Recently I read (can't remember where) that he worked for awhile as a bartender at a place that either was or later became "The Losers" on La Cienega in West Hollywood. Don't remember if Bowers mentions working in any bars in his book. Since his time working in an actual bar was apparently not long, seems unlikely the place in the photograph is a "lounge" where he was employed.

odinthor Jan 5, 2018 9:09 PM

Quote:

Originally Posted by tovangar2 (Post 8037640)
[...]*Note the future Lacey Park on the map above. Here marked "Kewen Lake". [...]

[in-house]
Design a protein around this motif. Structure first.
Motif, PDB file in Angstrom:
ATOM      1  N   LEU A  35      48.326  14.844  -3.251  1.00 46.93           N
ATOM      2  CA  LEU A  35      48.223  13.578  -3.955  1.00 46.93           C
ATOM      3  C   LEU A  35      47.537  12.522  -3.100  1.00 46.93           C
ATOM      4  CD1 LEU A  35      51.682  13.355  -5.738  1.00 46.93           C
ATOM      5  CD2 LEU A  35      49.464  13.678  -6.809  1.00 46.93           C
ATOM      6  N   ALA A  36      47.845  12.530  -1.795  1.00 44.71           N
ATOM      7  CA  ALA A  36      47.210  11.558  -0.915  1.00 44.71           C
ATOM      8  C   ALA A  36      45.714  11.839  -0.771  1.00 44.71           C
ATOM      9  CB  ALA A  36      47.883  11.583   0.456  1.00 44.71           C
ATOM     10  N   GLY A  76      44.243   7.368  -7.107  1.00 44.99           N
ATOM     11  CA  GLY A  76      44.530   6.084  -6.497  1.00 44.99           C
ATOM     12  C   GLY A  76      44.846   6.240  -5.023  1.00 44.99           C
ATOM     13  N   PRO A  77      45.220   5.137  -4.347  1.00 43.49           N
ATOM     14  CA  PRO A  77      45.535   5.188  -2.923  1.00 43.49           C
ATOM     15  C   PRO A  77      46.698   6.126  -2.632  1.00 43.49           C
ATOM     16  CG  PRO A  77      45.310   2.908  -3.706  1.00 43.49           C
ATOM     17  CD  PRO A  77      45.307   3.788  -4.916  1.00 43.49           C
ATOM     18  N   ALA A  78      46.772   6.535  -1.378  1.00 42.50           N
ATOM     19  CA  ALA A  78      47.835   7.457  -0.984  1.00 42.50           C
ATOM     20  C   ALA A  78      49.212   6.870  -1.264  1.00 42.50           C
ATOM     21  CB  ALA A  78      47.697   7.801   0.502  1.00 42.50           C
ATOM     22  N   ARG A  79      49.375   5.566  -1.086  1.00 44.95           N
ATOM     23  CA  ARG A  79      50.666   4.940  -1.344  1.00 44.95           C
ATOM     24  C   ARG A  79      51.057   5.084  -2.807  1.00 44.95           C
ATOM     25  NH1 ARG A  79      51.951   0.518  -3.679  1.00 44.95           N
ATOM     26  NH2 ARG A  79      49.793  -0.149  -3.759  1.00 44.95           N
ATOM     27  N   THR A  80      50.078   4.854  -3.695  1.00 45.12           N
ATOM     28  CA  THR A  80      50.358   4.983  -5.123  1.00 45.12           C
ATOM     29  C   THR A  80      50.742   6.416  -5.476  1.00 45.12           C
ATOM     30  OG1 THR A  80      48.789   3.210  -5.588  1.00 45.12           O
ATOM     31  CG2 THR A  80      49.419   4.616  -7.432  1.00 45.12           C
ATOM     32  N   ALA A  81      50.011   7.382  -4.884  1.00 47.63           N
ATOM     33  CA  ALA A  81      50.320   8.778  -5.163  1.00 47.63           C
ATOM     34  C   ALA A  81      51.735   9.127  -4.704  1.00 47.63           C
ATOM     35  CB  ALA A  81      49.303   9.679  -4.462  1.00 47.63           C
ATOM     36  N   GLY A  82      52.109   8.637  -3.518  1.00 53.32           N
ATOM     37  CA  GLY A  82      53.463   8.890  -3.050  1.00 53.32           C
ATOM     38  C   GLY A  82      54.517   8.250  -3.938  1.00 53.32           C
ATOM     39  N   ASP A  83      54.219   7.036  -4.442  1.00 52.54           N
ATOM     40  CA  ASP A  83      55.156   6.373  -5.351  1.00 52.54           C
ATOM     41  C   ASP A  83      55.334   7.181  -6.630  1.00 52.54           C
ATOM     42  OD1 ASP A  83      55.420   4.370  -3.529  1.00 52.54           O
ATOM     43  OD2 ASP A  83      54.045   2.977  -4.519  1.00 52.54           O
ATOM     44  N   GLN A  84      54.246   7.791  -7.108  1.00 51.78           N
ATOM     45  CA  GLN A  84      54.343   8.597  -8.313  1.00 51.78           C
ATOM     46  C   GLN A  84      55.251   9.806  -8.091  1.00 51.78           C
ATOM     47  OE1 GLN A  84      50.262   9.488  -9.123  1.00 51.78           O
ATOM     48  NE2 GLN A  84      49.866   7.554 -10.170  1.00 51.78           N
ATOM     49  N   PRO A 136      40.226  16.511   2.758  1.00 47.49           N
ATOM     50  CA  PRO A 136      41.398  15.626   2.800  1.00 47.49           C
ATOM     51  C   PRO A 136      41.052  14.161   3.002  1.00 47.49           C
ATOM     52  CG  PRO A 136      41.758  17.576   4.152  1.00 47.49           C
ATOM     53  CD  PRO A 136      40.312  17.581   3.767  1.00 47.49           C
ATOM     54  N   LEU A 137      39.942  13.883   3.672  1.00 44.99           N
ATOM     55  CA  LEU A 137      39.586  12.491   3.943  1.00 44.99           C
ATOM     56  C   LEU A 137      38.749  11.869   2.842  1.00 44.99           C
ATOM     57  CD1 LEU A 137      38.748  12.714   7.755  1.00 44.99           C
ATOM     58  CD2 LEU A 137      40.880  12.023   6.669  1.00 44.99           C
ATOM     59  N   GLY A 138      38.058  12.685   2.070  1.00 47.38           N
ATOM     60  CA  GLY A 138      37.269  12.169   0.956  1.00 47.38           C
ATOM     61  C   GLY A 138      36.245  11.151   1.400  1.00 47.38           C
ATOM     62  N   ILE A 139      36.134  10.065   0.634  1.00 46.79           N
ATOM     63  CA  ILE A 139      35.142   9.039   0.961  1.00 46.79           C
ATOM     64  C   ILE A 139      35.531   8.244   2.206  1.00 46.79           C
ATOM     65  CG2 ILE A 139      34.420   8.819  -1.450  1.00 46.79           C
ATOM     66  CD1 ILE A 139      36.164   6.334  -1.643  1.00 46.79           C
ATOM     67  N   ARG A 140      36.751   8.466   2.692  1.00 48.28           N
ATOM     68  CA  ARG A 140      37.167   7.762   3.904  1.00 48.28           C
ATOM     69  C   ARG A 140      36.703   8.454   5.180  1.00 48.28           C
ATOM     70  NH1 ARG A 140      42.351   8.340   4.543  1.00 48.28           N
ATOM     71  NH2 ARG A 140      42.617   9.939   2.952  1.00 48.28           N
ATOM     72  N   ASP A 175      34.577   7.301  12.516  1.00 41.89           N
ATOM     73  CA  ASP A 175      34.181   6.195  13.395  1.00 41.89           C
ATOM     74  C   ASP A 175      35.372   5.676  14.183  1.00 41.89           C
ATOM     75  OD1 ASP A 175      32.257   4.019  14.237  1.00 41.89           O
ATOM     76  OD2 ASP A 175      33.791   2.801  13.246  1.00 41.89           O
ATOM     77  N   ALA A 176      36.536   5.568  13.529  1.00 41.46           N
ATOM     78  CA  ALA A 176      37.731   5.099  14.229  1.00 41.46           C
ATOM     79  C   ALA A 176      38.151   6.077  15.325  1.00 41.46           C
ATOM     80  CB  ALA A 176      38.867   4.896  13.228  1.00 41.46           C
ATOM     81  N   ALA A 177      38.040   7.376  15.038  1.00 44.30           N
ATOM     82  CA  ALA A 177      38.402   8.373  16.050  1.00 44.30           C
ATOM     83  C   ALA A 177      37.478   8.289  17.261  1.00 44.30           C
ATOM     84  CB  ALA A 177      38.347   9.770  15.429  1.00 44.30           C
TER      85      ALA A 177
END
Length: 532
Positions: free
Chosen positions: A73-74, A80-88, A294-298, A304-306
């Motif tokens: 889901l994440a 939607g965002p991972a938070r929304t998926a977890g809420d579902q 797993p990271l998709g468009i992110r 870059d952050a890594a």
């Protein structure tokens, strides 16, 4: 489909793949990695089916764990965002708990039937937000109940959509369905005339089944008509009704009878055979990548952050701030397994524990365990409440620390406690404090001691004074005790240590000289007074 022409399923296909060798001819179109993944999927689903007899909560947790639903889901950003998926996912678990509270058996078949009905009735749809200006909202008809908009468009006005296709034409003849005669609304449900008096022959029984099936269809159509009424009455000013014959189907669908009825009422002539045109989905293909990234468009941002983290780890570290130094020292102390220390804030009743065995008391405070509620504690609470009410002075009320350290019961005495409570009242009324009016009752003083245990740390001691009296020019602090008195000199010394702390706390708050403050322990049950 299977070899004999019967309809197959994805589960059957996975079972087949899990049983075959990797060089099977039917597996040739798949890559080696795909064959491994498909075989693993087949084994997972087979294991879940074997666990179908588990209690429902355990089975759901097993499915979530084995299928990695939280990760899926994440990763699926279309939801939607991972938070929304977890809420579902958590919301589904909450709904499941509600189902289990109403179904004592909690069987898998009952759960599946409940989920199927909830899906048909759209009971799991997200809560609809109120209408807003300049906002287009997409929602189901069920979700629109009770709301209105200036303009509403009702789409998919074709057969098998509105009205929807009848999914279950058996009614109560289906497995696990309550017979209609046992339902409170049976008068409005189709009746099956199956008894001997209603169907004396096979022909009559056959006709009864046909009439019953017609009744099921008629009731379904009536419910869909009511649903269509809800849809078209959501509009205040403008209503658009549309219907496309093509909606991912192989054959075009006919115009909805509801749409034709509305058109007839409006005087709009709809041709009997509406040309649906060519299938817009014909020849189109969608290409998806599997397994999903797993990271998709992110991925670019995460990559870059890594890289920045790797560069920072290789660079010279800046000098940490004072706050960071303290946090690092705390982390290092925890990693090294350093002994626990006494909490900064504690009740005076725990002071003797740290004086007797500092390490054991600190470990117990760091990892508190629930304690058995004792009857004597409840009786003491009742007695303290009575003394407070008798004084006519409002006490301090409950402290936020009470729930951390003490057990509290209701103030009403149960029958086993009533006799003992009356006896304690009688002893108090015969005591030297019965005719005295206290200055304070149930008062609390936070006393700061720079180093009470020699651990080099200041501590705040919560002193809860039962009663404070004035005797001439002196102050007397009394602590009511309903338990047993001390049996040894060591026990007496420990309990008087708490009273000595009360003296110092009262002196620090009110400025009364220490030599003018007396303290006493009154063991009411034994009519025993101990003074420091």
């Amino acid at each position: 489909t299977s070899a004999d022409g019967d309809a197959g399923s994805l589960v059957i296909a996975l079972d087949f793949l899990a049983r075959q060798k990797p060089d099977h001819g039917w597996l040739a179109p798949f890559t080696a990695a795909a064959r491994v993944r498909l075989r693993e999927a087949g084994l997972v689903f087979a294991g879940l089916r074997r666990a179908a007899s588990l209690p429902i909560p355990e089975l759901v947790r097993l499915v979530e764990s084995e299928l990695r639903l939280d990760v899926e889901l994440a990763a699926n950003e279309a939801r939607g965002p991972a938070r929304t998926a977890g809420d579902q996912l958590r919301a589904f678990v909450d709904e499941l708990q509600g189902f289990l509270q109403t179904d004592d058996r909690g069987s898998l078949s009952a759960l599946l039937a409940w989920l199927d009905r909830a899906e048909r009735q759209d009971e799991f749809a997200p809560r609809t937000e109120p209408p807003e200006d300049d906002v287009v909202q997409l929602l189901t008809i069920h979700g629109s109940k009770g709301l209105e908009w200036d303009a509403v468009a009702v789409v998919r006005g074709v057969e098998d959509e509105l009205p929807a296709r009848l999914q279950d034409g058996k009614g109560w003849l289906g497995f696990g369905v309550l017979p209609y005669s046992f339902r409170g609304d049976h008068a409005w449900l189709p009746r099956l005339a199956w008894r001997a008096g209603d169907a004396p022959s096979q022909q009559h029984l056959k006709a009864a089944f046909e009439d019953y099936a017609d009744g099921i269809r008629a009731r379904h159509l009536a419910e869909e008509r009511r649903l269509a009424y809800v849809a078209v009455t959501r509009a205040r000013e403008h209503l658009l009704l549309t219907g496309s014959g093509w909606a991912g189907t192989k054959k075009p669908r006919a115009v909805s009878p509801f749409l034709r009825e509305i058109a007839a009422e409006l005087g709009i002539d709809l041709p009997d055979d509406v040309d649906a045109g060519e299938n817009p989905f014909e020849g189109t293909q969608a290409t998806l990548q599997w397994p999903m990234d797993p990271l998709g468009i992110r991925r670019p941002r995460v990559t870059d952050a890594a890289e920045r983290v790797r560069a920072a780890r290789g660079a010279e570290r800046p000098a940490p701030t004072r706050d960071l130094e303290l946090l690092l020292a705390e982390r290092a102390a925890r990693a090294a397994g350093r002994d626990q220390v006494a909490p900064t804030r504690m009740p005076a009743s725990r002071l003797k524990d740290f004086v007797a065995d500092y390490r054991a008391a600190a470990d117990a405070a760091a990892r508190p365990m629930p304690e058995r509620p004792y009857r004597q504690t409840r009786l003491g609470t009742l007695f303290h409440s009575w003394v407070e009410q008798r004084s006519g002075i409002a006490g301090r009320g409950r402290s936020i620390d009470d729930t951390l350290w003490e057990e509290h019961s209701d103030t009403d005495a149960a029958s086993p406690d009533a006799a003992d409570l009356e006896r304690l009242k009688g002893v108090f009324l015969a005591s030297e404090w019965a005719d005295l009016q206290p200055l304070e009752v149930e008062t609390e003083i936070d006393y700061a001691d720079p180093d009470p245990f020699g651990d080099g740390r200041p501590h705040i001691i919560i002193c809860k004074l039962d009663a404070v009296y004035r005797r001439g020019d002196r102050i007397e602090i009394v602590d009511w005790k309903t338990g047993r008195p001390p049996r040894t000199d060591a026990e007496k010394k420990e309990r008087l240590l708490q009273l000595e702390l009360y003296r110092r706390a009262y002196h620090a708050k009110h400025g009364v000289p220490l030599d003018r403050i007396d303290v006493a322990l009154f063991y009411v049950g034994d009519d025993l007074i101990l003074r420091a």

And now for my second wall of text today, heaven help us; see towards the end for connection with San Gabriel: "Kewen" above is probably Col. Edward John Cage Kewen, on whom I have the following stray notes: ca. 1826-1828, born in Missouri; practiced law in St. Louis, Missouri; California’s first State Attorney General; Los Angeles Star of December 6, 1856: “Col. E.J.C. Kewen.—We take the following, regarding this gentleman, from the Nicarauguense of Nov. 1st: [‘]This gentleman departs by the present steamer for the United States, on business connected with the Republic of Nicaragua. We beseech ‘Young America’ to give him a hearing in the United States. Col. Kewen is known in California as one of the most eloquent and graceful speakers in that State, and his relations with this country have proved him worthy of all confidence. He is an apostle of Progress, and all we ask of the people of the Southern and Atlantic States is to lend him their ears.[’] The lady of Col. Kewen, has been residing in this city with her father, Dr. White, for some months past, and takes her departure by to-day’s steamer, to join the gallant Colonel at New Orleans”; January 17, 1857, published (Los Angeles Star): “ […], having arrived from Nicaragua, had addressed a mass meeting of the citizens of New Orleans on the state of affairs in that country. The papers of that city are enthusiastic in their praises of his oration. […] We learn […] that Col. E.J.C. Kewen […] has left New Orleans for Alabama, Mississippi and Georgia to raise recruits for General Walker”; February 6, 1858, published (Los Angeles Star): “E.J.C. Kewen, Attorney and Counsellor at Law, Los Angeles, Cal., will practice in the Courts of the First Judicial District, the Supreme Court, and the U.S. District Court of the Southern District of California. Office, in Salis’ [i.e., Celis’] Building, recently occupied by C.E. Thom, Esq.,—opposite the Bella Union”; 1858, city School Superintendent; August 14, 1858, published (Los Angeles Star): “on the north side of our office [of the Los Angeles Star], Col. E.J. Kewen has removed his office to the house formerly occupied by Mr. Temple. With him is Mr. Myer J. Newmark, Notary Public”; August 27, 1859, published (Los Angeles Star): “E.J.C. Kewen, Attorney and Counsellor at Law, Los Angeles, Cal. […] Office, in Temple’s Building, opposite Mellus’s store”; 1860, present in San Gabriel as L.A. District Attorney with savings of $7,000 and real estate valued at $25,000; 1860s, in partnership with Myron Norton; 1862, mentioned as showing support for the Confederacy; October 18, 1862, published (Los Angeles Star): “He was, as will be remembered, arrested in Los Angeles some time ago, for alleged treasonable language”; mid-1860s, shot Fred Lemberg, not fatally, for a supposed indignity; 1870, present in San Gabriel as a lawyer with savings of $1,000 and real estate valued at $43,000; 1872, listed as present at Mission San Gabriel; 1872, “Col. Kewen was one of those brilliant men of whom we have seen so many, gifted with fine powers of oratory, but who are deficient in that nice poise of judgment which renders their words weighty and decisive when applied to the practical questions of life. He was brave, generous and affable. He could not do enough for a friend, and was the most entertaining of hosts at his fine home, ‘El Molino,’ in the San Gabriel orange belt. He came to California across the plains in 1849 in the same wagon train with Dr. T.J. White, of St. Louis, and family, and on their arrival at Sacramento, he married one of his daughters. This was one of the first weddings, if not the first, celebrated between Americans in that city. Col. Kewen was of a martial spirit, and when General Walker, the great filibuster, took his ill-fated expedition to Nicaragua, he joined him and fought under his banner gallantly to the end. He was the first Attorney-General of the State, filling the office from 1849 to 1851. He died in Los Angeles in 1879” (Ayers, James J., Gold and Sunshine, Boston, 1922; pp. 268-269); ca. 1872, as a lawyer, involved in the aftermath of the Chinese Massacre; ca. 1875, lived on 450 acres in what is now the north part of the city of San Gabriel, property including the mission’s decaying old mill, which he converted into a residence; sometime member of the State Assembly and, later, District Attorney; November, 1879, died; distinguished for eloquence; wife Fanny was a daughter of Dr. T.J. White; son Perry; in San Gabriel, a neighbor was Volney Howard.